When David White and African Britt ransomed the four members of the Britt's family and Mrs. Fritzpatrick, they were told by the Indians Little Millie Durgan was dead. But Britt's wife, Mary, and children stated that Millie was alive.
Government agents and others for years, made an exhaustive attempt to find her. But all efforts failed.
Because of their fondness for little Millie, the Indians invariably kept this infant frontier child in concealment.
When captured, she was only eighteen month of age. She grew to womanhood out among the wild tribes of the plains, and became an Indian in every respect excepting, of course, this devoted mother of the prairies retained the flesh and blood of her ancestors.
Years passed. The Indian wars of the West vanished like a storm. Hostile tribes ceased their restlessness and became quiet and calm. Covered wagons moved westward, and moving herds of black and wooly bison relinquished the broad open ranges to bald faced cattle and the farmers plow. And Little Millie Durgan passed into oblivion and became lost to civilization.
Sixty six years after the Big Young County Raid an Indian woman, half white, made her appearance on the grounds of the post Oak Mission near Lawton, Oklahoma at a celebration honoring Quanah Parker.
She stated that her mother, like Cynthia Ann Parker was also white and had been captured by Indians when only a very small child. This Indian lady appealed to the citizens to assist in locating her mother's long lost people. After the details of her mother's capture, had been related as best she could, Mr. Ratcliff stated that the white lady was evidently Millie Durgan, who had been gone sixty six years. Jack Wood advised that Mr. Henry Williams Sr., who was in the big Young County Raid could further substantiate her identity and furnish the details of the raid.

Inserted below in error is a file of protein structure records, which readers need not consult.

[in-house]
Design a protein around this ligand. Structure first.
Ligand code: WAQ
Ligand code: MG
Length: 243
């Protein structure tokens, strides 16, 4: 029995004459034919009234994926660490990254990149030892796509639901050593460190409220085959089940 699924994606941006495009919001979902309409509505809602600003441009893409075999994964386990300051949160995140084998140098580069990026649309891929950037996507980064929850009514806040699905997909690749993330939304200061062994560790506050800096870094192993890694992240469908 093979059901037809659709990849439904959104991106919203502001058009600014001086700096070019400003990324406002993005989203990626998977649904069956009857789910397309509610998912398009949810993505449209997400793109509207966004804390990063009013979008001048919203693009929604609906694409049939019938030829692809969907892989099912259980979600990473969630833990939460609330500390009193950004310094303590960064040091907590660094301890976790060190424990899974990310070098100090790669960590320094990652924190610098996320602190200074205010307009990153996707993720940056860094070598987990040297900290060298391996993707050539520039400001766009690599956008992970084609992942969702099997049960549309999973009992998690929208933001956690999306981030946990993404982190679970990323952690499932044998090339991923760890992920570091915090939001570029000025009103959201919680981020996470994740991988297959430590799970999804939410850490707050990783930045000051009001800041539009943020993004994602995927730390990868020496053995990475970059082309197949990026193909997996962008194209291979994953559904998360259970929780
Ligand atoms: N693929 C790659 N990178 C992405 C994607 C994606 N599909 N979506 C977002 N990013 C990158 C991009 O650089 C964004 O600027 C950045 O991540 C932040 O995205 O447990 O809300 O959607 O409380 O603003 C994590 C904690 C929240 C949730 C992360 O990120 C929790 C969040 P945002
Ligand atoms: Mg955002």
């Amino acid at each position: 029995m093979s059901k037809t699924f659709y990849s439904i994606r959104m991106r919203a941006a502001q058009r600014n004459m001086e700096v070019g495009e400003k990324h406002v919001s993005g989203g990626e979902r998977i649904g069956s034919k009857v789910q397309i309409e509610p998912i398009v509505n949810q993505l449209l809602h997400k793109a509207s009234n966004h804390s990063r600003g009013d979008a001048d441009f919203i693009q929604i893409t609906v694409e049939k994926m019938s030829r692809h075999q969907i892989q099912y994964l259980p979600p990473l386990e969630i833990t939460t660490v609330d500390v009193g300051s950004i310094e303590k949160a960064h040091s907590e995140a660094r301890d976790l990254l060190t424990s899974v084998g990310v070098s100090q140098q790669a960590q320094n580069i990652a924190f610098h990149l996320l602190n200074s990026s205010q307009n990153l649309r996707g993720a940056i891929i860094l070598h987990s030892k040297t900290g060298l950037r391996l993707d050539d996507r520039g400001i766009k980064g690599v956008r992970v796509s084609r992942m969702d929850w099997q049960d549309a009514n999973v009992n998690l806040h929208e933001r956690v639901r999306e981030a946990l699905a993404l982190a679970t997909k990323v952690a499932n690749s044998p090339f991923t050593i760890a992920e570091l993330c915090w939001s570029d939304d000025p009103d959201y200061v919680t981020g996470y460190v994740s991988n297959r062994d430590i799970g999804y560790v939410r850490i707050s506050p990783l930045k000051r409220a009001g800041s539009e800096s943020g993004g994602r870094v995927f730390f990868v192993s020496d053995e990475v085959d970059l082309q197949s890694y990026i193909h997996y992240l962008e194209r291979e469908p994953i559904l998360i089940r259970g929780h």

Mr. Henry Williams was contacted at his home in Newcastle, and played a noble part in helping to prove this white mother, who had been with the Indians sixty six years, was, in fact, the long lost Millie Durgan. Her identity was further substantiated by signs and records kept by the Indians since 1832.
Millie Durgan was adopted by Aparian Crow, an Indian chief. She was married three times to Indian husbands.
It was the author's pleasure to personally meet Millie Durgan on such occasions and to also meet George Hunt her Indian son-in-law, and his wife and daughters, who were, of course, the daughter and granddaughters of Millie Durgan.
Eight or nine children and a large number of grandchildren survive her.
Little Millie Durgan, lost among the Plains Indians for sixty six years now peacefully sleeps in the land she loved and long lived. And wild birds and the balmy western breeze, sings songs of peace and harmony over her lovely grave.
Note: Before writing this section, the author several times personally interviewed Millie Durgan; her son-in-law, George Hunt, who acted as interpretor, and his wife and daughters, and Henry Williams mentioned above.
The above story is from the book, The West Texas Frontier, by Joseph Carroll McConnell.